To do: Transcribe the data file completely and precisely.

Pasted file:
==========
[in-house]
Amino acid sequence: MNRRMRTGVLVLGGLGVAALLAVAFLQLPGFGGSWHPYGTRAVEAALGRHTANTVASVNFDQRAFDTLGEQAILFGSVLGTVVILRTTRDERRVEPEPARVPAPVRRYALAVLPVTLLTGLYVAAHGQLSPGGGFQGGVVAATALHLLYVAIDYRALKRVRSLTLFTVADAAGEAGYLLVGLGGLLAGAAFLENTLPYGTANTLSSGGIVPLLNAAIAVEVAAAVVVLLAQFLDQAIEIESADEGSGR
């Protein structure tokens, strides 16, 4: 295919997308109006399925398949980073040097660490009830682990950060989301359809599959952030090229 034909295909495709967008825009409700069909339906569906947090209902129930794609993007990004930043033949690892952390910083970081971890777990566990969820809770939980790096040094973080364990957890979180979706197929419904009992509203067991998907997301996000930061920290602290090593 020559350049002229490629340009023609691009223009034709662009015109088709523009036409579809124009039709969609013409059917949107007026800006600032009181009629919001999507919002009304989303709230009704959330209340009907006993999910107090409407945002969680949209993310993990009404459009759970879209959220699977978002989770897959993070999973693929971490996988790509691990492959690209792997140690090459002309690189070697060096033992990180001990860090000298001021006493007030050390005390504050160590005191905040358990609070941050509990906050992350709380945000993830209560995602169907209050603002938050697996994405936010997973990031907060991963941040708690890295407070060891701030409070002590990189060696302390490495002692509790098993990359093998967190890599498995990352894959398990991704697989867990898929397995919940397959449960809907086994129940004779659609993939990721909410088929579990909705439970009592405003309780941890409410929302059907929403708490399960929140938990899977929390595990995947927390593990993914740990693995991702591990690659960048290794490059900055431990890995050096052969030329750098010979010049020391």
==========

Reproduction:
[in-house]
Amino acid sequence: MNRRMRTGVLVLGGLGVAALLAVAFLQLPGFGGSWHPYGTRAVEAALGRHTANTVASVNFDQRAFDTLGEQAILFGSVLGTVVILRTTRDERRVEPEPARVPAPVRRYALAVLPVTLLTGLYVAAHGQLSPGGGFQGGVVAATALHLLYVAIDYRALKRVRSLTLFTVADAAGEAGYLLVGLGGLLAGAAFLENTLPYGTANTLSSGGIVPLLNAAIAVEVAAAVVVLLAQFLDQAIEIESADEGSGR
């Protein structure tokens, strides 16, 4: 295919997308109006399925398949980073040097660490009830682990950060989301359809599959952030090229 034909295909495709967008825009409700069909339906569906947090209902129930794609993007990004930043033949690892952390910083970081971890777990566990969820809770939980790096040094973080364990957890979180979706197929419904009992509203067991998907997301996000930061920290602290090593 020559350049002229490629340009023609691009223009034709662009015109088709523009036409579809124009039709969609013409059917949107007026800006600032009181009629919001999507919002009304989303709230009704959330209340009907006993999910107090409407945002969680949209993310993990009404459009759970879209959220699977978002989770897959993070999973693929971490996988790509691990492959690209792997140690090459002309690189070697060096033992990180001990860090000298001021006493007030050390005390504050160590005191905040358990609070941050509990906050992350709380945000993830209560995602169907209050603002938050697996994405936010997973990031907060991963941040708690890295407070060891701030409070002590990189060696302390490495002692509790098993990359093998967190890599498995990352894959398990991704697989867990898929397995919940397959449960809907086994129940004779659609993939990721909410088929579990909705439970009592405003309780941890409410929302059907929403708490399960929140938990899977929390595990995947927390593990993914740990693995991702591990690659960048290794490059900055431990890995050096052969030329750098010979010049020391």